All posts in “Kim Rorschach”

Muse/News: The Peacock has landed, dudes talking in shops, and the woman who was first

SAM News

The Peacock has landed! The Seattle Times’ Steve Ringman captured colorful shots of the galleries, one of which also appeared on the front page of last Thursday’s print edition. An overview of the exhibition and related events also appeared their Weekend Plus section.

Check out more recommendations for the show in Seattle Met, Seattle Magazine, and ParentMap.

Last week, SAM announced the appointment of Theresa Papanikolas as its new Ann M. Barwick Curator of American Art. The Seattle Times had the exclusive, featuring an interview with Theresa.

All of SAM was saddened to hear of the passing of Paul Allen last week at the age of 65; SAM director and CEO Kim Rorschach shared her thoughts on the massive cultural legacy he left the city of Seattle with Crosscut.

Local News

We’re gonna need more Windex: Crosscut’s Aileen Imperial follows the Space Needle’s “Lead Glass Keeper” Paul Best on a typical day of keeping (literally) tons of glass clean.

Here’s two reviews of Polaroids: Personal, Private, Painterly, Bellevue Art Museum’s new show of found photos from the collection of Robert E. Jackson, by City Art’s Margo Vansynghel and Seattle Weekly’s Seth Sommerfeld.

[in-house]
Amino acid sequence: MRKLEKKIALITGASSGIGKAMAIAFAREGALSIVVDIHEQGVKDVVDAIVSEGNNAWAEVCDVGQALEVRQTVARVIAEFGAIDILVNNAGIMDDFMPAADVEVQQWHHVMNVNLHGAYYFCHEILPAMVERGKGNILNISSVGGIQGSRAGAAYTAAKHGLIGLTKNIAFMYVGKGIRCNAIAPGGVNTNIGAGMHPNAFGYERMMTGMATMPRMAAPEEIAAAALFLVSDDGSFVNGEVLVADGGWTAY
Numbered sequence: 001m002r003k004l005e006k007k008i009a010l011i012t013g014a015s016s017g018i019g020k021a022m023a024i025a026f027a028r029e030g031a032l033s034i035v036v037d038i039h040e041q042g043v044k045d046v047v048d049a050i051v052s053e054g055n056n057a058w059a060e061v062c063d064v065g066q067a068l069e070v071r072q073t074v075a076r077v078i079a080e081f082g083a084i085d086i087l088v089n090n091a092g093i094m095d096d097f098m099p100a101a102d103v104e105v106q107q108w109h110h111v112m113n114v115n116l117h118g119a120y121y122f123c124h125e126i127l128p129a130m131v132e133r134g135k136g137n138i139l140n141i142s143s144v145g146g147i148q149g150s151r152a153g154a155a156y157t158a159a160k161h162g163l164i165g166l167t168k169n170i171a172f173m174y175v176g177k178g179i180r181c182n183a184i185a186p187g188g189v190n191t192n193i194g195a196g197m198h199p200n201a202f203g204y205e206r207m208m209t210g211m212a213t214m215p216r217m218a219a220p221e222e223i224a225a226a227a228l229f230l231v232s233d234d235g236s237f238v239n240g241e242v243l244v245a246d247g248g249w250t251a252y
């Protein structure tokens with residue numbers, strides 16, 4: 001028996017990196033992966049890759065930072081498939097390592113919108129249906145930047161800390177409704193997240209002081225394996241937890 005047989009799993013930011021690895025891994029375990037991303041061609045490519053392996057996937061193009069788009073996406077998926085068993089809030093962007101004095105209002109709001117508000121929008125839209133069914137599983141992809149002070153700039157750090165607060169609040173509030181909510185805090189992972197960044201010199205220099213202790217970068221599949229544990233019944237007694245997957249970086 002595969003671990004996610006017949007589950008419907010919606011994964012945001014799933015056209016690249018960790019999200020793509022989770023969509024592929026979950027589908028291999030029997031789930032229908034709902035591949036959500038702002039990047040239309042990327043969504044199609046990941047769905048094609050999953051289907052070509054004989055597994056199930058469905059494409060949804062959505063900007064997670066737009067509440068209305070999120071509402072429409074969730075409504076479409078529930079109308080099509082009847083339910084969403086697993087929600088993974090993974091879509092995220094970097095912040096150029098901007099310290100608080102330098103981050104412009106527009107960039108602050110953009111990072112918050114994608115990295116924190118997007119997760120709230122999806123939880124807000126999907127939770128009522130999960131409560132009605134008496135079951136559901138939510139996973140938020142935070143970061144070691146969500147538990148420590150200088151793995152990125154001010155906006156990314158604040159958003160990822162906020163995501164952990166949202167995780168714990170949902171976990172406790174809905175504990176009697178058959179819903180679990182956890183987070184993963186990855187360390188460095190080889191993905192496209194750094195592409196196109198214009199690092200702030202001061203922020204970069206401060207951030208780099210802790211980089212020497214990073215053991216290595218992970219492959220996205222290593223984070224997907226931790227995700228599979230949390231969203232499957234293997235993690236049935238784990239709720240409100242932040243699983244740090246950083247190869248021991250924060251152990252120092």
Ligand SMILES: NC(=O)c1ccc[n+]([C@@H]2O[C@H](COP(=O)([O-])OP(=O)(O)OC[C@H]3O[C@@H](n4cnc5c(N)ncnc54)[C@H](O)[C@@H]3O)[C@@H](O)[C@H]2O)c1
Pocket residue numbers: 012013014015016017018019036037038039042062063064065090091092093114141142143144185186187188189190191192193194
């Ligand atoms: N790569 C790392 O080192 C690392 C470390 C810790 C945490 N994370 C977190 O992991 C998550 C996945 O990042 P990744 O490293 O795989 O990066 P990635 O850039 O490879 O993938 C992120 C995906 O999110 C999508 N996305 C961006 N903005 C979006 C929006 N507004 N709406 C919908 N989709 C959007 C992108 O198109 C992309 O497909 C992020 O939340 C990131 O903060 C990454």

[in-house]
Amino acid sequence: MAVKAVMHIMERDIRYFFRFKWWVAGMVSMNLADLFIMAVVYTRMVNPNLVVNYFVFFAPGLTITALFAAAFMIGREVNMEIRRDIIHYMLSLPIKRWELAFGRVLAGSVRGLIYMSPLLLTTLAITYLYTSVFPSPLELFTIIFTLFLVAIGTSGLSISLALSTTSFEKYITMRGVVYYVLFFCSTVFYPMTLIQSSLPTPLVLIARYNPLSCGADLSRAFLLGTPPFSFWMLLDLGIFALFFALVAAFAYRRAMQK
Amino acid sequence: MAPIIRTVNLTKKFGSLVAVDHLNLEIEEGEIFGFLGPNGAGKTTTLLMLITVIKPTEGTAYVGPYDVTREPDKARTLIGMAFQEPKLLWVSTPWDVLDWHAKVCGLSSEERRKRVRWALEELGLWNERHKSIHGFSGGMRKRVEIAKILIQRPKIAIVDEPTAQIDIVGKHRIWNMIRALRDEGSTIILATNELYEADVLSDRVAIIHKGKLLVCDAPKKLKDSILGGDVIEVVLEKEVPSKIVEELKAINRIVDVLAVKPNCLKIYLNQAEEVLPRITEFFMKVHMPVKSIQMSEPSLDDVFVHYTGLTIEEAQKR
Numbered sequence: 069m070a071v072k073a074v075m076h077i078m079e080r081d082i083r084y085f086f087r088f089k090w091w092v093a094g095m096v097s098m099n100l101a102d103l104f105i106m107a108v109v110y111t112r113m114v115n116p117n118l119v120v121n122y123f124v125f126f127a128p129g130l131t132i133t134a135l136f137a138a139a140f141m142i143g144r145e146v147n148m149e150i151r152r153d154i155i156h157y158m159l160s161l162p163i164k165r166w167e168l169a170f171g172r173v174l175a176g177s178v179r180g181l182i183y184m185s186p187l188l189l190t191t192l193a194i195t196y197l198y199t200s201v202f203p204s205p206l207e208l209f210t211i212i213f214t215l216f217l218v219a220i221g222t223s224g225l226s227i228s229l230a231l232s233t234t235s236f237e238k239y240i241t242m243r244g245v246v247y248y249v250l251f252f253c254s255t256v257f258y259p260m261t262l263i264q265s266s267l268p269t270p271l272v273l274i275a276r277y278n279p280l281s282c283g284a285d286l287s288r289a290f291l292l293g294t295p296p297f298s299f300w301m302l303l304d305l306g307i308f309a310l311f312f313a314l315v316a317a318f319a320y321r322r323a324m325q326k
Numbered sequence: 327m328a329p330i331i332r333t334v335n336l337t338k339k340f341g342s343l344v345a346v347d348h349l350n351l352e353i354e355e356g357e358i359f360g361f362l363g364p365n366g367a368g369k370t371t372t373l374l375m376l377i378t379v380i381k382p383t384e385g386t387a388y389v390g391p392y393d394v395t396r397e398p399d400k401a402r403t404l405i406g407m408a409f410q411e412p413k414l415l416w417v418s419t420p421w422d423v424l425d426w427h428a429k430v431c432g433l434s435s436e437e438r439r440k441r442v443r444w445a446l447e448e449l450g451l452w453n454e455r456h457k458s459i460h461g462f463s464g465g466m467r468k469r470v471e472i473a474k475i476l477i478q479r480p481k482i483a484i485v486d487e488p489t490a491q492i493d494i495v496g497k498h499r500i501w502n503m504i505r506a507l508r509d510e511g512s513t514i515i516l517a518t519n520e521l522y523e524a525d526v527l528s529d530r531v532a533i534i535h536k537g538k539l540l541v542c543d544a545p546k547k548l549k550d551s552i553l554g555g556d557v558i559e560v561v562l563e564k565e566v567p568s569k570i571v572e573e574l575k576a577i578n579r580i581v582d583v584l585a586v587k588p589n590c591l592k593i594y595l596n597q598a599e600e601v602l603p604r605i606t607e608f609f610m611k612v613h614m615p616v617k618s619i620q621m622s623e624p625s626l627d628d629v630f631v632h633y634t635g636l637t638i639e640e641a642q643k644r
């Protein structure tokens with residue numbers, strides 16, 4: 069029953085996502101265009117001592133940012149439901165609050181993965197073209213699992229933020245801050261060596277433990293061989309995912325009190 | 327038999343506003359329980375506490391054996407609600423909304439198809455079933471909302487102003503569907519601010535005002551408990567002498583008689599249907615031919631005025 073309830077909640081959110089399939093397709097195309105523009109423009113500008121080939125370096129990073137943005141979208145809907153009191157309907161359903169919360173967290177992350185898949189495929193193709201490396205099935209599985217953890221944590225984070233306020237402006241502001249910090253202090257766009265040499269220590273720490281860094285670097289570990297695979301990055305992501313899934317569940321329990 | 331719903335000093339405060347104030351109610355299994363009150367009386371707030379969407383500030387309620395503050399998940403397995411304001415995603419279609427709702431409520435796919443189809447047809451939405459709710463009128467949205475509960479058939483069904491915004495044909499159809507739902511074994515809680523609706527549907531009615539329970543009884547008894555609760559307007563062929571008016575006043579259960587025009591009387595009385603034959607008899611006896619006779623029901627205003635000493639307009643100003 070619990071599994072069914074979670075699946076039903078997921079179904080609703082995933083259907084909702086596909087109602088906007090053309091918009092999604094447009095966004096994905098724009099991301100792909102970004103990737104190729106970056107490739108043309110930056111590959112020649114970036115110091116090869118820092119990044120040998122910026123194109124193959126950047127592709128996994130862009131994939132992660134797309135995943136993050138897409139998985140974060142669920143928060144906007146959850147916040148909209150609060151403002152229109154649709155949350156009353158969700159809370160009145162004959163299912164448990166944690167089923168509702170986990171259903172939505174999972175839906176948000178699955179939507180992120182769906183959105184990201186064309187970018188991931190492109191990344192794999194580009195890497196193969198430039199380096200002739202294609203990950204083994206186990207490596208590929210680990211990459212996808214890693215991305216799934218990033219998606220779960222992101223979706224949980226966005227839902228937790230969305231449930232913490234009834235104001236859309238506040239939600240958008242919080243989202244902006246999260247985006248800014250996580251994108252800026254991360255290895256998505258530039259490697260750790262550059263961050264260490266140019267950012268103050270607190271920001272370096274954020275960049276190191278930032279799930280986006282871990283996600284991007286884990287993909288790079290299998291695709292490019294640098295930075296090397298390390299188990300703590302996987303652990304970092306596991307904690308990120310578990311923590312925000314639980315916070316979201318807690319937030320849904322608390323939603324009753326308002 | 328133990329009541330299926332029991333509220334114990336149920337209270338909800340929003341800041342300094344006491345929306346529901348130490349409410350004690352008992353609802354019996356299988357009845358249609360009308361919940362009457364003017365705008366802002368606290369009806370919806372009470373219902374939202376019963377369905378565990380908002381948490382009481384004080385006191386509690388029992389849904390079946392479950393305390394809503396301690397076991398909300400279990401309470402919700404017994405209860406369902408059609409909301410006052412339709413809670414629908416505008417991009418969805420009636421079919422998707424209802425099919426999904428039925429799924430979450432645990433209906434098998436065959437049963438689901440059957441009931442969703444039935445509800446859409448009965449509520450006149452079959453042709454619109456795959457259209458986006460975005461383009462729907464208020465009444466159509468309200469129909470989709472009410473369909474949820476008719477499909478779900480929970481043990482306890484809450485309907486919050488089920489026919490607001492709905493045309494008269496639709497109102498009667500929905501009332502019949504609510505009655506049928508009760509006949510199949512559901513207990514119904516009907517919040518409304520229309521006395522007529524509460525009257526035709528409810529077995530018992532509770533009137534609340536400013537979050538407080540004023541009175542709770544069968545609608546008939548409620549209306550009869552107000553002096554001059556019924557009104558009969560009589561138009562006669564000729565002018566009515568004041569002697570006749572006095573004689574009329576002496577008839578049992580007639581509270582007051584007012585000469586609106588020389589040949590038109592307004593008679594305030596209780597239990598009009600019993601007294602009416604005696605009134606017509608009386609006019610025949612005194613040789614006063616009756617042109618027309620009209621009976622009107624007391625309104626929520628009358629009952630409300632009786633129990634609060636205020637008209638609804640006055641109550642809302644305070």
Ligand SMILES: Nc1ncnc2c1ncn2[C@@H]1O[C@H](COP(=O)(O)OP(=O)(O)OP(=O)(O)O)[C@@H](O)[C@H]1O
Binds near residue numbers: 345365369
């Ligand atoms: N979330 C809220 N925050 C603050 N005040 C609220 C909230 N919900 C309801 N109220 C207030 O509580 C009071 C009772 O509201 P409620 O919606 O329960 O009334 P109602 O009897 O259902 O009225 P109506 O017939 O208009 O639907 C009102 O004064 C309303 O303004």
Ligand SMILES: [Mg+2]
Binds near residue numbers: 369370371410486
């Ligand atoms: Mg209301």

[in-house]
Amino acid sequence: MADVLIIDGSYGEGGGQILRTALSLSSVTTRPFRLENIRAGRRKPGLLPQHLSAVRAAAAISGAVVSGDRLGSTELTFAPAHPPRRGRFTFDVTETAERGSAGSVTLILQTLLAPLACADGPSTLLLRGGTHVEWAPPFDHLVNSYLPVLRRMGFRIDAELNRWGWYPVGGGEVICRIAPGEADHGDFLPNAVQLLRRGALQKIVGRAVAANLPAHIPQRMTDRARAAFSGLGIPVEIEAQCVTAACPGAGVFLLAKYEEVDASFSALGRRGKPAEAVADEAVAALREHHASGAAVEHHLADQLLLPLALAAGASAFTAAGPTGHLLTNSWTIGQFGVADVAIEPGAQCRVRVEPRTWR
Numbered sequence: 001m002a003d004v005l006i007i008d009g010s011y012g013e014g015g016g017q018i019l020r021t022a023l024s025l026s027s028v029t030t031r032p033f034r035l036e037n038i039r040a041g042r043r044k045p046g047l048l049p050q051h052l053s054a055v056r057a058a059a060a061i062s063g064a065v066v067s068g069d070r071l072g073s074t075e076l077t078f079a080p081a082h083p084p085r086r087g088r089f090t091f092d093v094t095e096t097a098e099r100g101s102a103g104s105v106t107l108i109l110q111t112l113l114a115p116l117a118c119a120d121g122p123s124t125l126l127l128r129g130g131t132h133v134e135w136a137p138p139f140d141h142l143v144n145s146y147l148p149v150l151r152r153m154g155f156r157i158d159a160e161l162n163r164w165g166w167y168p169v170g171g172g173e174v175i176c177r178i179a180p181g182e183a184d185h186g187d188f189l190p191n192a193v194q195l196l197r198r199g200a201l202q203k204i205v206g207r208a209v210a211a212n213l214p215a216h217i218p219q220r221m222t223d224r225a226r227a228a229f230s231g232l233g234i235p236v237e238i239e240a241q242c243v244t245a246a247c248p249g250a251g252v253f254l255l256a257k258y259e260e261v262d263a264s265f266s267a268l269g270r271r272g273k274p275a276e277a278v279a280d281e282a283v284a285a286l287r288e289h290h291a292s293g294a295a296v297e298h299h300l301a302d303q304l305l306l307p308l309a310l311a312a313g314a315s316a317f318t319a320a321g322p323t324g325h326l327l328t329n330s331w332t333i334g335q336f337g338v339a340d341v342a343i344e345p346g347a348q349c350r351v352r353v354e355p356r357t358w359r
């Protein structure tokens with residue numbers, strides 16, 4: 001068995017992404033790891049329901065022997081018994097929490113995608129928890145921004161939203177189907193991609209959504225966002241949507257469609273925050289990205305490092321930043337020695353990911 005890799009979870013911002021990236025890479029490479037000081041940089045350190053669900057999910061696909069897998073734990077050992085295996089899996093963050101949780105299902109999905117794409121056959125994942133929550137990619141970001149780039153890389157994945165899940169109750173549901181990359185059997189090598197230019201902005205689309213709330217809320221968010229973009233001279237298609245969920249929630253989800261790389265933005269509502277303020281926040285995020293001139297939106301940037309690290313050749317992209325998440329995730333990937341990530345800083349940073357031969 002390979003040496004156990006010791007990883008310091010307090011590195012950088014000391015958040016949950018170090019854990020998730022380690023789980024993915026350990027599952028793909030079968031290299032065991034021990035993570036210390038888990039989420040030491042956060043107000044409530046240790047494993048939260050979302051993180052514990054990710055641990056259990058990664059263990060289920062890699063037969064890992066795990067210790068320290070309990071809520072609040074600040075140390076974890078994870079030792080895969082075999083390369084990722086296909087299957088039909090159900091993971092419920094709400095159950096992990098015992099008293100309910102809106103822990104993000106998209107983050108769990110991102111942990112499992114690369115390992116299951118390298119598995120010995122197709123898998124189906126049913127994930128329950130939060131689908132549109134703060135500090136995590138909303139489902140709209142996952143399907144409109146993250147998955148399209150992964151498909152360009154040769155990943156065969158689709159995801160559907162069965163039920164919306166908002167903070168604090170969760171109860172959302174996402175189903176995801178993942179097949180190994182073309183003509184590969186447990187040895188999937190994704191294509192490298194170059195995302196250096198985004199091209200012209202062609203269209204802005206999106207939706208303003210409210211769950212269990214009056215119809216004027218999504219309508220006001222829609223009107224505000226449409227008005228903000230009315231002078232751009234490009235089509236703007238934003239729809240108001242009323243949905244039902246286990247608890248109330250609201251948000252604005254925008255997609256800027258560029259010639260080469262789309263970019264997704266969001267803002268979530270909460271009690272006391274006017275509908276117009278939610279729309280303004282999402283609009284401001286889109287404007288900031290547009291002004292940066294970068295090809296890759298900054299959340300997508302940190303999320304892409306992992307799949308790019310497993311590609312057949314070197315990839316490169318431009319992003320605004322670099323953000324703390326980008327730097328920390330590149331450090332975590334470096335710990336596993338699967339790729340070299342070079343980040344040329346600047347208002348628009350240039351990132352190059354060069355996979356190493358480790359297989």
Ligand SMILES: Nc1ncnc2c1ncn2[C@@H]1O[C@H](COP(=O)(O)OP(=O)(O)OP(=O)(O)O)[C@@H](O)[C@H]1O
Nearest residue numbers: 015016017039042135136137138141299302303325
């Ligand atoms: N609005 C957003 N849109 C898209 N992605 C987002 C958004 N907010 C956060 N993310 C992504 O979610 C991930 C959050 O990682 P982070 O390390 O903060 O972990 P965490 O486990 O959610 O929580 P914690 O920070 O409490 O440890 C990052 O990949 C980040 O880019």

Naomi Ishisaka for the Seattle Times interviewing Inua Ellams about his play Barber Shop Chronicles that runs for three nights at the Moore Theatre in November.

“It’s about cross-generational conversations about African masculinity and how that is compromised by the West . . . it’s about dudes talking in shops and it’s about men trying to find a safe space to be vulnerable.”

Inter/National News

Artnet’s Kate Brown explores a recent study that asks whether Leonardo da Vinci had a condition called exotropia that makes one eye wander off alignment—and whether it contributed positively to his work.

Hyperallergic’s Sarah Rose Sharp with a gentle skewering (ha) of the recent event-within-an-event of Banksy’s shredded print at Sotheby’s.

“If you like to hallucinate but disdain the requisite stimulants…” The New York Times’ Roberta Smith reviews Hilma af Klint: Paintings for the Future, now on view at the Guggenheim.

The idea that a woman got there first, and with such style, is beyond thrilling. Yes, I know art is not a competition; every artist’s ‘there’ is a different place. Abstraction is a pre-existing condition, found in all cultures. But still: af Klint’s ‘there’ seems so radical, so unlike anything else going on at the time. Her paintings definitively explode the notion of modernist abstraction as a male project.”

And Finally

The Royal Ontario Museum goes to pot.

– Rachel Eggers, SAM Manager of Public Relations

Photo: Nina Dubinsky
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Envisioning Equity: Migration Stories

SAM’s Equity Team has a vision: an inclusive museum where everyone can connect art to their lives in a welcoming and accessible way. Since early 2016, SAM has participated in the City of Seattle Race and Social Justice Initiative. A key outcome of this has been our Equity Team, formed in connection with “Turning Commitment into Action”—a multi-day training program for arts administrators examining historic racial disparities in our region and discussing ways to build racial equity.